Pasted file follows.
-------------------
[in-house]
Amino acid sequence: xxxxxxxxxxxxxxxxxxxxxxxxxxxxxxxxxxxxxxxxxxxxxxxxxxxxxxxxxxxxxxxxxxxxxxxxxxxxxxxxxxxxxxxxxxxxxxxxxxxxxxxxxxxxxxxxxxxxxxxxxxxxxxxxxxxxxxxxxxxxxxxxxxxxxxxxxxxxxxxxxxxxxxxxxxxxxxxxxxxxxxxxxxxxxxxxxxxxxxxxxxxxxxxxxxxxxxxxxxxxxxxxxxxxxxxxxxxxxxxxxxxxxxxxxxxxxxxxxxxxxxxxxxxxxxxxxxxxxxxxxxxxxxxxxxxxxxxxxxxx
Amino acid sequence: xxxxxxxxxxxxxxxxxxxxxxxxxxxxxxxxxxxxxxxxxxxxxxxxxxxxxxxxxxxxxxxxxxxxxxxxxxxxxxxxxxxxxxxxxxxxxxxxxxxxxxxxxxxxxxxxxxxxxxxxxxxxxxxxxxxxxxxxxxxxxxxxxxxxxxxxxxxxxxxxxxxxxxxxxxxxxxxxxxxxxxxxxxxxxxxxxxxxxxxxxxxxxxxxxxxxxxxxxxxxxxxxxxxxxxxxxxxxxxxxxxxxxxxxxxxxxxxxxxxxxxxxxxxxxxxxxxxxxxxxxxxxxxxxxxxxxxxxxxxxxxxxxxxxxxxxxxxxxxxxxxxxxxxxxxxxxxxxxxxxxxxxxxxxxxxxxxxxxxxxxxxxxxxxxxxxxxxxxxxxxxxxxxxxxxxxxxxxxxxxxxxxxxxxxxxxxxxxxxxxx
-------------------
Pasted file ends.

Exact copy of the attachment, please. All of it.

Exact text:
[in-house]
Amino acid sequence: xxxxxxxxxxxxxxxxxxxxxxxxxxxxxxxxxxxxxxxxxxxxxxxxxxxxxxxxxxxxxxxxxxxxxxxxxxxxxxxxxxxxxxxxxxxxxxxxxxxxxxxxxxxxxxxxxxxxxxxxxxxxxxxxxxxxxxxxxxxxxxxxxxxxxxxxxxxxxxxxxxxxxxxxxxxxxxxxxxxxxxxxxxxxxxxxxxxxxxxxxxxxxxxxxxxxxxxxxxxxxxxxxxxxxxxxxxxxxxxxxxxxxxxxxxxxxxxxxxxxxxxxxxxxxxxxxxxxxxxxxxxxxxxxxxxxxxxxxxxx
Amino acid sequence: xxxxxxxxxxxxxxxxxxxxxxxxxxxxxxxxxxxxxxxxxxxxxxxxxxxxxxxxxxxxxxxxxxxxxxxxxxxxxxxxxxxxxxxxxxxxxxxxxxxxxxxxxxxxxxxxxxxxxxxxxxxxxxxxxxxxxxxxxxxxxxxxxxxxxxxxxxxxxxxxxxxxxxxxxxxxxxxxxxxxxxxxxxxxxxxxxxxxxxxxxxxxxxxxxxxxxxxxxxxxxxxxxxxxxxxxxxxxxxxxxxxxxxxxxxxxxxxxxxxxxxxxxxxxxxxxxxxxxxxxxxxxxxxxxxxxxxxxxxxxxxxxxxxxxxxxxxxxxxxxxxxxxxxxxxxxxxxxxxxxxxxxxxxxxxxxxxxxxxxxxxxxxxxxxxxxxxxxxxxxxxxxxxxxxxxxxxxxxxxxxxxxxxxxxxxxxxxxxxxxx